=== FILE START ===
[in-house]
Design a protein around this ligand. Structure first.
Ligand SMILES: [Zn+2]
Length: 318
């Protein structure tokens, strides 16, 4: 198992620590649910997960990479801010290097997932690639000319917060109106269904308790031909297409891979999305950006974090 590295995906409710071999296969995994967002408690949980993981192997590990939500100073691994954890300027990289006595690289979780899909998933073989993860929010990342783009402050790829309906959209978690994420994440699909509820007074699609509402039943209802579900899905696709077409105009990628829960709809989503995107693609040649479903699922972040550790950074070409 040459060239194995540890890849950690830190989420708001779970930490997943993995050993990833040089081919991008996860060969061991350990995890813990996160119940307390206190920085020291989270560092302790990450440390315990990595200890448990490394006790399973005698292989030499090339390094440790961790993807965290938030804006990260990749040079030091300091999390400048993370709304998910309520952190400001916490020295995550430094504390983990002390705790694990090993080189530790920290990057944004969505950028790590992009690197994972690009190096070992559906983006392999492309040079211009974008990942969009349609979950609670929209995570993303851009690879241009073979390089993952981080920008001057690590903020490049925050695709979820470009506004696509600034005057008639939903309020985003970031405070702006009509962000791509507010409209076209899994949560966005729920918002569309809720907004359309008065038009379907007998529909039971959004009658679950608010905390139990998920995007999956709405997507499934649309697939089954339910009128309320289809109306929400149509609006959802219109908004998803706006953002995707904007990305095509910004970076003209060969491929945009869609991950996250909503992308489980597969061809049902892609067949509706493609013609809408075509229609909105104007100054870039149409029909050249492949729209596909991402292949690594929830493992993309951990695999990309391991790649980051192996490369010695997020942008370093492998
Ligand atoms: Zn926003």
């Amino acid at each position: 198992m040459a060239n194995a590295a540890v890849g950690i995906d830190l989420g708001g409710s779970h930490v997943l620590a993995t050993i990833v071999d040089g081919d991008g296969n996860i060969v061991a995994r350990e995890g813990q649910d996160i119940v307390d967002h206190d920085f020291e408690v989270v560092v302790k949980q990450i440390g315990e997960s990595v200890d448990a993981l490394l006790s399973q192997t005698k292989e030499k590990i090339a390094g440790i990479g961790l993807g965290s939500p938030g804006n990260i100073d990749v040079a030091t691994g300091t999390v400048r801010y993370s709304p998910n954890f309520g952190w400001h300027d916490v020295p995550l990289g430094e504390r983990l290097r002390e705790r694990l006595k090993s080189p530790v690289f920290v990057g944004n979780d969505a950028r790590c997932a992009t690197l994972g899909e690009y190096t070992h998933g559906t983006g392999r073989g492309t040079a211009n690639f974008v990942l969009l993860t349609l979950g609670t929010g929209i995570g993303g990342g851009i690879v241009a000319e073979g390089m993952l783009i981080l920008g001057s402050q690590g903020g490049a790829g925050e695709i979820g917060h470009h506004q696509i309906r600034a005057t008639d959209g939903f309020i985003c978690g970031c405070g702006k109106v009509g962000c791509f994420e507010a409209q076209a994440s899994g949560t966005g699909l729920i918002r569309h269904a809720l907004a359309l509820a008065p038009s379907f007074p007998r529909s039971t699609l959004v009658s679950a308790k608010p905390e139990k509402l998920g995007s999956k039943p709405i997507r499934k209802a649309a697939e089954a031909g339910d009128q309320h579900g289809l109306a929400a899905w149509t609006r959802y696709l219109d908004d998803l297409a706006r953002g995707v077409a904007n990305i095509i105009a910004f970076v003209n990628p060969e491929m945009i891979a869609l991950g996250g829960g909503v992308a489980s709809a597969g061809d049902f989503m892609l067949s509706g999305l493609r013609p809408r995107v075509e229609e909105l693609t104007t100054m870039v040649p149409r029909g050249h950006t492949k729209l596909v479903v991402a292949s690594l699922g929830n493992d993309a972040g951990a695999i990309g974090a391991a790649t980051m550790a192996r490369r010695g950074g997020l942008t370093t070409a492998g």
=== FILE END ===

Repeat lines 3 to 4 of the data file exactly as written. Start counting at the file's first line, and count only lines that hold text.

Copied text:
Ligand SMILES: [Zn+2]
Length: 318